I have two aversions that do not mesh well with my profession. I do not like long meetings, which considering I sat through five hours of meetings on Monday, was a tough day for me. And, I am not comfortable in crowds.
The Roundup parade is not too difficult for me to navigate, as I tend to be in front of the crowd with my camera. It gets a little tighter once I negotiate for a prime spot during the jackass race, and then move across the courthouse lawn for shots of the arts & crafts fair. As long as I can keep moving, I don't have too much of a problem with the crowds.
Several of my friends headed out to The Old Peanut Mill on Friday night for the Cory Morrow concert. I knew it would be packed, so I used that night as a "time out" to grab some rest. On Saturday night, I avoided the rodeo dance for the same reason. The thought of being shoulder-to-shoulder with everyone, and being unable to move, was enough to justify my heading home and getting to bed early.
It doesn't take a lot of people to start making me nervous. If too many people crowd around my desk and cut off my ability to scoot away, I start to get fidgety and will urge folks to move back into the main walkway. I wouldn't really call it claustrophobia so much as simply an aversion to people crowding around me.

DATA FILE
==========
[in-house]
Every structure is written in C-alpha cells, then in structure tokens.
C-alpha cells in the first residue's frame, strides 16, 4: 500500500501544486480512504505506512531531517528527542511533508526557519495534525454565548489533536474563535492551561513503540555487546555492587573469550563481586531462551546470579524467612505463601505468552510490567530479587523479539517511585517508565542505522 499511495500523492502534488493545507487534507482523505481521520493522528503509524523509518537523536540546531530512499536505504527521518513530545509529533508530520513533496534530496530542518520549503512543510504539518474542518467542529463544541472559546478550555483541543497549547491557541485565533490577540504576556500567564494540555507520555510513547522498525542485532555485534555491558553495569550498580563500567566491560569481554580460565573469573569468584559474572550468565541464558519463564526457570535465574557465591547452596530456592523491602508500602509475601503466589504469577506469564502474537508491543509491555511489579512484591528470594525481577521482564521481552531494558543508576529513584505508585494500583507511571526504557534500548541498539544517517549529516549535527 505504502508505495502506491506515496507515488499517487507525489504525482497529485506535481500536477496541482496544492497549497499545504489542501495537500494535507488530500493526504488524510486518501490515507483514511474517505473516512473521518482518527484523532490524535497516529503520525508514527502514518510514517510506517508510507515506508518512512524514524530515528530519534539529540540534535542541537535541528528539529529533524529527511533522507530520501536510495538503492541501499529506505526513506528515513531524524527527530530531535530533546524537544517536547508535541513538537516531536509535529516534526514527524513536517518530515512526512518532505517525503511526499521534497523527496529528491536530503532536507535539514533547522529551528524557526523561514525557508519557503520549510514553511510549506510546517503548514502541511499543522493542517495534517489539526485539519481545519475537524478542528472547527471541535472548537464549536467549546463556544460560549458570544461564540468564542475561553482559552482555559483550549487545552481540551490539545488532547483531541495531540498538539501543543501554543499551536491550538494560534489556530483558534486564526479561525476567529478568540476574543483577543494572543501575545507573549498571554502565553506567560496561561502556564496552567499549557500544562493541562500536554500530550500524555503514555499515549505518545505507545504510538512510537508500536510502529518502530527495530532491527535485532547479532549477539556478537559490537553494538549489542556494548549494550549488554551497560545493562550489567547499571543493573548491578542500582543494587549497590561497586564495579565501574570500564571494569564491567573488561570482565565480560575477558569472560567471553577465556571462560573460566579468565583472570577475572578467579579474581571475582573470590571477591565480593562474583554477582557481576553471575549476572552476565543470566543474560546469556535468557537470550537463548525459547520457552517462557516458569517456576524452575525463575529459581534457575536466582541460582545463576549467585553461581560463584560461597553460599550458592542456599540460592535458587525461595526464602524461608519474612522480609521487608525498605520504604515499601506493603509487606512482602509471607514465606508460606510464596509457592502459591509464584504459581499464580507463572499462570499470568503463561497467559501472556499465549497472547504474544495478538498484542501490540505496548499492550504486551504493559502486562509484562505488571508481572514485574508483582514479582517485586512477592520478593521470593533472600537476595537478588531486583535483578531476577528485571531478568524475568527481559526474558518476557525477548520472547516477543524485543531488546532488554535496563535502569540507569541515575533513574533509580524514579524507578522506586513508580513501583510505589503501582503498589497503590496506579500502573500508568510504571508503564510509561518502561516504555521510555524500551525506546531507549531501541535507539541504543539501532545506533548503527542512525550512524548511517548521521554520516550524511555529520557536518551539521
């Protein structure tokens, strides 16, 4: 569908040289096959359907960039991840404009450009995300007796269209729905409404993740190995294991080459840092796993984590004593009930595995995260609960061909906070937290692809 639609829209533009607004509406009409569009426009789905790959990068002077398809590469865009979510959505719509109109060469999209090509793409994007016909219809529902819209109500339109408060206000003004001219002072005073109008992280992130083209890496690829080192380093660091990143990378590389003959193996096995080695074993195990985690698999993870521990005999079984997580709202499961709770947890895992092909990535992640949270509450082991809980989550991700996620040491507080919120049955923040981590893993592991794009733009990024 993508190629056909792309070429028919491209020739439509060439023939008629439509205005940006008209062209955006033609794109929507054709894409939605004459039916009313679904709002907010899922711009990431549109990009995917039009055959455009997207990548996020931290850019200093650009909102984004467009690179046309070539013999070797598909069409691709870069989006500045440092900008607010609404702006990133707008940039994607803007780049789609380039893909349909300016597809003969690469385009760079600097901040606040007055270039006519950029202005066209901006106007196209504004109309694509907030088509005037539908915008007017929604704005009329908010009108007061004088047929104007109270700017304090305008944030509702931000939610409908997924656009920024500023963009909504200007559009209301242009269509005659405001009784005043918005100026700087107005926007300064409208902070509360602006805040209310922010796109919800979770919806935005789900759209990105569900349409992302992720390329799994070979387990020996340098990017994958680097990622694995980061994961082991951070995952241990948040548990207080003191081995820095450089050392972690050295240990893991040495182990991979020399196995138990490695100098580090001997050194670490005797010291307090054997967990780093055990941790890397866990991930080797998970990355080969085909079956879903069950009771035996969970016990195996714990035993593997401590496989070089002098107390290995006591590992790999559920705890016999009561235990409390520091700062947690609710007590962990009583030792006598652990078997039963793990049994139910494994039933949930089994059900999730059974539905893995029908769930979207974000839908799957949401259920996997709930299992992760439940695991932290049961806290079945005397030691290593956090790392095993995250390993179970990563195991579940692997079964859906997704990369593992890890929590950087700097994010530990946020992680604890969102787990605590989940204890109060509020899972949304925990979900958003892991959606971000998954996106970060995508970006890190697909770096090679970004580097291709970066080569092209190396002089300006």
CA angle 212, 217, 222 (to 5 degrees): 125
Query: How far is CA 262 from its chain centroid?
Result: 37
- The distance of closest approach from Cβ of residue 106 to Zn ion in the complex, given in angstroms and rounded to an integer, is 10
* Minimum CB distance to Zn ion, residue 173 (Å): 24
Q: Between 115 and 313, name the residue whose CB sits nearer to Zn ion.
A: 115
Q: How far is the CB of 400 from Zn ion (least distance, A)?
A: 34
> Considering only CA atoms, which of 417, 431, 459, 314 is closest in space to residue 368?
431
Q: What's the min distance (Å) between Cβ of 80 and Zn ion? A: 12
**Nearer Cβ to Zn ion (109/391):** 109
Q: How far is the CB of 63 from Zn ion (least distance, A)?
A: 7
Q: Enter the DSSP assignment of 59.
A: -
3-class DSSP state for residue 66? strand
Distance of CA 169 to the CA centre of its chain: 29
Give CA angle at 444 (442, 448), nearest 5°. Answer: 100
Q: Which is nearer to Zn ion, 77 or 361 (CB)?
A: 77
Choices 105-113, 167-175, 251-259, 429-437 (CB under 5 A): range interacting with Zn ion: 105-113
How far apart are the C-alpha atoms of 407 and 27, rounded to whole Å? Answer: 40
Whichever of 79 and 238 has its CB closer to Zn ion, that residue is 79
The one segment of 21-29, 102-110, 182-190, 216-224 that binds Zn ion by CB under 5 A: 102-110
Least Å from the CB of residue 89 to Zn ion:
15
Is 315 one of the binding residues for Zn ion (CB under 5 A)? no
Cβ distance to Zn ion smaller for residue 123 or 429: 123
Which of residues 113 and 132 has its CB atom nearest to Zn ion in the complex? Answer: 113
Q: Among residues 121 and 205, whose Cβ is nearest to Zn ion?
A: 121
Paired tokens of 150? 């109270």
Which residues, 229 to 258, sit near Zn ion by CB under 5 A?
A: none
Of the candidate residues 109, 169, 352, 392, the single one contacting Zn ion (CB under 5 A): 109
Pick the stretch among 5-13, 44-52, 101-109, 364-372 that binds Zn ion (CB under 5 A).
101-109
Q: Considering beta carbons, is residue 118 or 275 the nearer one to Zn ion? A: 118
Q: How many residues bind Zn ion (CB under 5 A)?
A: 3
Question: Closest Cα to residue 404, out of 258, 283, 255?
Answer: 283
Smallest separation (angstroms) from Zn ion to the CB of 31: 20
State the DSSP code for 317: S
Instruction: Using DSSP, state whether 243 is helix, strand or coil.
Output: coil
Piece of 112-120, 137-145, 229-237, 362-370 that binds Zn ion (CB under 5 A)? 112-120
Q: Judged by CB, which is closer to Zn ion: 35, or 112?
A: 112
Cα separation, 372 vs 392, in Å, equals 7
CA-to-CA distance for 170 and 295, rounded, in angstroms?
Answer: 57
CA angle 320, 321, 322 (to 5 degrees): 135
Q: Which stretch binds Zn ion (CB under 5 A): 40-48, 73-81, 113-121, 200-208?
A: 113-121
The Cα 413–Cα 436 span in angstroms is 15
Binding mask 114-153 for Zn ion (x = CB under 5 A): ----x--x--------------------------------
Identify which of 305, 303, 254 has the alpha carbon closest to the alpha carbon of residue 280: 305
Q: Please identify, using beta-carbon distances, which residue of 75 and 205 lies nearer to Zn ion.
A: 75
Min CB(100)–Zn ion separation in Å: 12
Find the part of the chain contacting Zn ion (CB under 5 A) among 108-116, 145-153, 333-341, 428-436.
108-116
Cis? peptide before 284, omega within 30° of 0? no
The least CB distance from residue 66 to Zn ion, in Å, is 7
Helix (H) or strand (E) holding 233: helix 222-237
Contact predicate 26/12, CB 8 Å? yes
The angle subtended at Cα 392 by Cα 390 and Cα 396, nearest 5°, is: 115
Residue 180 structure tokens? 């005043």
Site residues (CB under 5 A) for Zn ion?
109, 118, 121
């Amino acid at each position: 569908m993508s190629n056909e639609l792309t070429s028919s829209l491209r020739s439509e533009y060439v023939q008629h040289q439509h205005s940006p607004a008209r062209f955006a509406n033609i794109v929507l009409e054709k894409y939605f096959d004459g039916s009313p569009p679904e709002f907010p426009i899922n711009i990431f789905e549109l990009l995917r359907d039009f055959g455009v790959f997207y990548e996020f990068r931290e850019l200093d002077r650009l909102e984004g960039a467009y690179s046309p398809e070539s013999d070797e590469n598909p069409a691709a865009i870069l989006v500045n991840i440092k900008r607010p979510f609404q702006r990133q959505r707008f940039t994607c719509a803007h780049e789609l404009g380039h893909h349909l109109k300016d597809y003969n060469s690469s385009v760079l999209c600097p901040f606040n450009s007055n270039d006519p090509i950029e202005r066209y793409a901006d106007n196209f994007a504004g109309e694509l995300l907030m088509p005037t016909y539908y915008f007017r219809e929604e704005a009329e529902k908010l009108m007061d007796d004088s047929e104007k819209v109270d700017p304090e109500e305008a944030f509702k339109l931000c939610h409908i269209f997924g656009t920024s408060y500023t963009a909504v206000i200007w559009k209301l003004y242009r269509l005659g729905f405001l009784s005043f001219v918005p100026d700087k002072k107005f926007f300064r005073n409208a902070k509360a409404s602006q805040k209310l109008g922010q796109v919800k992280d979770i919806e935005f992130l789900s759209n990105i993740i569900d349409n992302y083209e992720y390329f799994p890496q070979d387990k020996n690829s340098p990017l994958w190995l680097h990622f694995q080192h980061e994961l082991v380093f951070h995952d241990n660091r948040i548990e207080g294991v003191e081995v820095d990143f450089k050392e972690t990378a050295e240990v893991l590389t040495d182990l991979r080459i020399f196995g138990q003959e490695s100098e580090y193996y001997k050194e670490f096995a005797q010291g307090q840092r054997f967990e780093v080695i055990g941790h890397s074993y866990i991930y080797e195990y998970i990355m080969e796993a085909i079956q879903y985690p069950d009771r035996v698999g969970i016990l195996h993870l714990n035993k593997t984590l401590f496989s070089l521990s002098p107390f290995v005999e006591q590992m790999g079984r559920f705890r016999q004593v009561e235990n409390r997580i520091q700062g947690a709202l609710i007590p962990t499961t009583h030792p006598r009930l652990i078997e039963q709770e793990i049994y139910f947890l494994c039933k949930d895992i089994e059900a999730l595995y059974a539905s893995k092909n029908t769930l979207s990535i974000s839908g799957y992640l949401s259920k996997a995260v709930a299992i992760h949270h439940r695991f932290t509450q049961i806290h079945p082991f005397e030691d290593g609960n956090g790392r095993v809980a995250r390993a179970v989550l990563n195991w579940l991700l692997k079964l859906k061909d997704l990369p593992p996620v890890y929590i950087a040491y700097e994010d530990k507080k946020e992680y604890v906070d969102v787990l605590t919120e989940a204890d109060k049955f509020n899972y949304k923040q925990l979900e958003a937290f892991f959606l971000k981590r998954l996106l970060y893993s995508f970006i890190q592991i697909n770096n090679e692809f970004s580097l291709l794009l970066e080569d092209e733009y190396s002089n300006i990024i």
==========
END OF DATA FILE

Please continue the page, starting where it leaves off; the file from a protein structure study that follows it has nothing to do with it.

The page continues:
Oddly enough, I don't have a problem with some groups. When I do Story Time at the Library, the kids tend to move all around me until they've got me surrounded. Of course, they're only three feet tall, and if stand up, they move back quickly!!!
I say that this doesn't mesh well with my role as editor because I tend to be at many of the events in our county. And, most of those same events usually have at least moderate crowds, if not REALLY big crowds.
I get around the problem at the Wild Game Dinner by serving in the beer booth. I'm able to stake out my own space and people have to stay on the other side of the table, so I have my territory established. Dances are a problem, as I'm right in the thick of things.
When I occasionally head over to London Hall, I look like I'm on wheels, as I'll start moving about and not stop all night. Some folks think I'm "on the prowl," and they're sort of right - I'm prowling around looking for open spaces and air that isn't full of cigarette smoke!
When I sit through long meetings, I get "wired" and have to get out and get some air. When I have folks pouring into my personal space, I have to get away. Sometimes that means completely out of the situation - sometimes it just means moving elsewhere so I won't feel crowded.
Neither of these aversions are severe enough that I start to hyperventilate or need to "shut down." They are conditions that I live with, and in most cases, simply get over.
I thought about them a lot over the last week and wondered how other folks cope with their phobias. I wondered if the people you see sitting by themselves do so out of choice as their way of distancing themselves. And, I wondered how many others, when I'm keeping a wary eye upon the one piece of open space in a crowd, are also jockeying to get into that same little piece of heaven?
It’s all just my opinion.